Hard details of SOA 360 are lacking, but BEA says MSA will use a number of key protocols and standards including OSGi, SOAP, WSDL, SAML, JSP and JSR-168.

BEA appears to group these specifications and its technologies into four buckets - backplane components, application frameworks, activity services and presentation services. Indicating how SOA 360 could work, it seems OSGi will be used in BEA's tools, to help automatically discover other tools and extensions.

"The fundamental tenet of the model," said Roth, "is you have pieces that are pluggable. OSGi is a well known protocol... it will make it easy for customers to plug into your infrastructure."

We're not finished with BEA yet. It slipped out another announcement today, an automated online support service for WebLogic Server. Called BEA Guardian, it detects and analyzes problems in WebLogic Server and recommends fixes and gives users the ability to install a service pack with one click. It uses signature patterns to spot and fix problems. ®

High performance access to file storage

More from The Register

next story
Android engineer: We DIDN'T copy Apple OR follow Samsung's orders
Veep testifies for Samsung during Apple patent trial
Windows 8.1, which you probably haven't upgraded to yet, ALREADY OBSOLETE
Pre-Update versions of new Windows version will no longer support patches
Microsoft lobs pre-release Windows Phone 8.1 at devs who dare
App makers can load it before anyone else, but if they do they're stuck with it
This time it's 'Personal': new Office 365 sub covers just two devices
Redmond also brings Office into Google's back yard
Half of Twitter's 'active users' are SILENT STALKERS
Nearly 50% have NEVER tweeted a word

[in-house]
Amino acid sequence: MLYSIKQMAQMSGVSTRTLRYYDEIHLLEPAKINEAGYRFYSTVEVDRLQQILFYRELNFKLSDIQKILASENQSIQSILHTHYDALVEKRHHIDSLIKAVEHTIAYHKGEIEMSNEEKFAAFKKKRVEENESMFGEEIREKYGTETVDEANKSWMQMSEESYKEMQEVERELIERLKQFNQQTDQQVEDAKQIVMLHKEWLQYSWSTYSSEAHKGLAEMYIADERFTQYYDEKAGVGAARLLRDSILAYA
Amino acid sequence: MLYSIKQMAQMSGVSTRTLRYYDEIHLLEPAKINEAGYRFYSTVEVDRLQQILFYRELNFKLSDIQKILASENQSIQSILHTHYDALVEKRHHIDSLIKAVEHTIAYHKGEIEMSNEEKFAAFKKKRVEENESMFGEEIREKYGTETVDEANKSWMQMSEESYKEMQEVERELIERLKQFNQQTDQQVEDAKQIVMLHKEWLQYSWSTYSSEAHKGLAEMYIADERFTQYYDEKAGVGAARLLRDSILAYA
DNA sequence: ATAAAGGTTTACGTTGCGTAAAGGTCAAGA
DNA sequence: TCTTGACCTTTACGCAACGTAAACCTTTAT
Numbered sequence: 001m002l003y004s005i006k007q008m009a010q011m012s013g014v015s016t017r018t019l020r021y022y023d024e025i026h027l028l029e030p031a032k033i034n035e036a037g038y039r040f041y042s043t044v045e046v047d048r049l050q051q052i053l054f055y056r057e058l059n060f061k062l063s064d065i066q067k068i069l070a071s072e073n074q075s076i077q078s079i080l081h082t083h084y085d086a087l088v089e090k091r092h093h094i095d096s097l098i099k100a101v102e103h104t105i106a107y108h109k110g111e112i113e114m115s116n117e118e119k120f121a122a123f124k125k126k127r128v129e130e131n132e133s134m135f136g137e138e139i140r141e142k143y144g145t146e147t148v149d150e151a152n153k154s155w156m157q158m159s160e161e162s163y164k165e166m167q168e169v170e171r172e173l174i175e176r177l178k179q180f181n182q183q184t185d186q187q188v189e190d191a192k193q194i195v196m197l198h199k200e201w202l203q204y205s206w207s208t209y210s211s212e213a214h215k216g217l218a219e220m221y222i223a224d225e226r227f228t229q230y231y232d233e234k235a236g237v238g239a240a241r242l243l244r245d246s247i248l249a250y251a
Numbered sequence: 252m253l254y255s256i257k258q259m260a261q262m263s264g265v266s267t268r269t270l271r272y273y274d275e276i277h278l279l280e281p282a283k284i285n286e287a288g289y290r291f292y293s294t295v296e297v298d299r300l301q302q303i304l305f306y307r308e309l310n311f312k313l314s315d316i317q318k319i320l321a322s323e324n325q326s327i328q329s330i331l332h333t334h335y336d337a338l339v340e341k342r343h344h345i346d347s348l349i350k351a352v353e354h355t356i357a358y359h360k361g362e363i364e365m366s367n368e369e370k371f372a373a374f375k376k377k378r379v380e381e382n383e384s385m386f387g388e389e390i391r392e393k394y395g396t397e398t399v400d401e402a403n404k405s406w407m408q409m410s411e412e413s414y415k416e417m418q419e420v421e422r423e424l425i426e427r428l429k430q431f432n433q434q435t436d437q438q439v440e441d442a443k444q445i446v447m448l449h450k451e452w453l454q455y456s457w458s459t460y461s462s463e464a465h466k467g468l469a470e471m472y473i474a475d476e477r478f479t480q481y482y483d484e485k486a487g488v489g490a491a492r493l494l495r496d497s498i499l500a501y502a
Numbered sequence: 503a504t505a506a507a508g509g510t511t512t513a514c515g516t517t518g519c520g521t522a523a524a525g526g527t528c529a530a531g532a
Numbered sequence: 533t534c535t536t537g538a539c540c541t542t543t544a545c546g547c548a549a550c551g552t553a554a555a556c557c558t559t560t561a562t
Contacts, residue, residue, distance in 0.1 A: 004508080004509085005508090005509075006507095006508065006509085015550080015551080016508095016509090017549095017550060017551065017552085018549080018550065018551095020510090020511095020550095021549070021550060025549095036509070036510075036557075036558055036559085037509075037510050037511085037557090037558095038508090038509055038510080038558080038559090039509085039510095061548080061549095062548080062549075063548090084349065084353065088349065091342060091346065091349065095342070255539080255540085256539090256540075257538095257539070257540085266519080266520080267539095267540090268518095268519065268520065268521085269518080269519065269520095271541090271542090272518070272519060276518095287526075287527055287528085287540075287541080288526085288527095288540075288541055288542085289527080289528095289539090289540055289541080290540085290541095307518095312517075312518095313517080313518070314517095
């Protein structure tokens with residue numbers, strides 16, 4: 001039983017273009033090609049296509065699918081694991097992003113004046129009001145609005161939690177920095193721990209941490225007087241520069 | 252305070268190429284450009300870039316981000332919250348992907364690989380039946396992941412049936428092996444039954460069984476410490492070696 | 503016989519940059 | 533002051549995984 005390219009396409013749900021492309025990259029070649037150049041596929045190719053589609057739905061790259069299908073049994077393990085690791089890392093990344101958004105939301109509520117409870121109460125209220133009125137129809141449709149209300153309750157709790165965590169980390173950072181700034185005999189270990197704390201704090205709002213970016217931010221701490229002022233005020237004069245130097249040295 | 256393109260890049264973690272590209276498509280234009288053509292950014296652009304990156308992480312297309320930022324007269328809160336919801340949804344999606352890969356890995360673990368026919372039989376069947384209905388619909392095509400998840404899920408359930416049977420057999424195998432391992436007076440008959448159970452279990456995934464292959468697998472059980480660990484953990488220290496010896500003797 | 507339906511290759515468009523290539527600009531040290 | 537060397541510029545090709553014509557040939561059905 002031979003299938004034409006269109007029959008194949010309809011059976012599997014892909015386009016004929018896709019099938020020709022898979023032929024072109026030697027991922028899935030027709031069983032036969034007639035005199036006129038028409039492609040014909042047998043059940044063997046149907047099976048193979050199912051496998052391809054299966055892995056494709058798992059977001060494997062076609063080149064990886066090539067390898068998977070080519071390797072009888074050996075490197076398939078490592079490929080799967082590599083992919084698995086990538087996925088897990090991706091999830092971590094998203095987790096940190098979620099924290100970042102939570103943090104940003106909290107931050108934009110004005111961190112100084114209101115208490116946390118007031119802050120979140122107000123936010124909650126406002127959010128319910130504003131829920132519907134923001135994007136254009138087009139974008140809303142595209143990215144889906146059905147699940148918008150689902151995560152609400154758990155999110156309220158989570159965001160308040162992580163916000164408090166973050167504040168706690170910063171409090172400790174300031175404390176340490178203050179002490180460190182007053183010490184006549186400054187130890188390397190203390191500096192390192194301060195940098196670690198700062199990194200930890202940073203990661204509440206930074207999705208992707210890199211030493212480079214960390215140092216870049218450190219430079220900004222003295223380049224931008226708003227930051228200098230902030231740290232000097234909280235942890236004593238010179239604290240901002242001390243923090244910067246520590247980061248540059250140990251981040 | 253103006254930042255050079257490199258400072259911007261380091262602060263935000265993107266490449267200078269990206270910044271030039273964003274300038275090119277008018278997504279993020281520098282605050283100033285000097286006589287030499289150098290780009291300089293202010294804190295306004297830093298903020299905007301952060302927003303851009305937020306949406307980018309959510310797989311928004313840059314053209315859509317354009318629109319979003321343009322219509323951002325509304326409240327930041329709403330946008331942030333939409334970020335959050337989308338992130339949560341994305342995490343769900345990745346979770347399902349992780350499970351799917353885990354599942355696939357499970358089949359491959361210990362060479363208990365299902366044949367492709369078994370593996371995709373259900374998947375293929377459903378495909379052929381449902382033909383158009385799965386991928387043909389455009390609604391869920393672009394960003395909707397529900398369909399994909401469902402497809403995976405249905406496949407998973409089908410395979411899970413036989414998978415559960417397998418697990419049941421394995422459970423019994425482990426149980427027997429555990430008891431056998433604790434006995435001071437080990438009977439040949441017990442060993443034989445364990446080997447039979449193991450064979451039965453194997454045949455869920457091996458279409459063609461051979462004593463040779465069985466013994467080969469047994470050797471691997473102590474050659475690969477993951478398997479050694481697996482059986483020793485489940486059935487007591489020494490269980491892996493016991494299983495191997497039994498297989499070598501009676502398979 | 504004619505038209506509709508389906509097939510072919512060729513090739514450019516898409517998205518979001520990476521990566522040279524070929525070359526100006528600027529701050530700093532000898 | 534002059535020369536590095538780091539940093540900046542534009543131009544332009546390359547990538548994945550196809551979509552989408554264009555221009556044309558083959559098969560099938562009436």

Windows XP still has 27 per cent market share on its deathbed
Windows 7 making some gains on XP Death Day
Internet-of-stuff startup dumps NoSQL for ... SQL?
NoSQL taste great at first but lacks proper nutrients, says startup cloud whiz
US taxman blows Win XP deadline, must now spend millions on custom support
Gov't IT likened to 'a Model T with a lot of things on top of it'
Batten down the hatches, Ubuntu 14.04 LTS due in TWO DAYS
Admins dab straining server brows in advance of Trusty Tahr's long-term support landing
prev story

Whitepapers

Securing web applications made simple and scalable
In this whitepaper learn how automated security testing can provide a simple and scalable way to protect your web applications.
Five 3D headsets to be won!
We were so impressed by the Durovis Dive headset we’ve asked the company to give some away to Reg readers.
HP ArcSight ESM solution helps Finansbank
Based on their experience using HP ArcSight Enterprise Security Manager for IT security operations, Finansbank moved to HP ArcSight ESM for fraud management.
The benefits of software based PBX
Why you should break free from your proprietary PBX and how to leverage your existing server hardware.
Mobile application security study
Download this report to see the alarming realities regarding the sheer number of applications vulnerable to attack, as well as the most common and easily addressable vulnerability errors.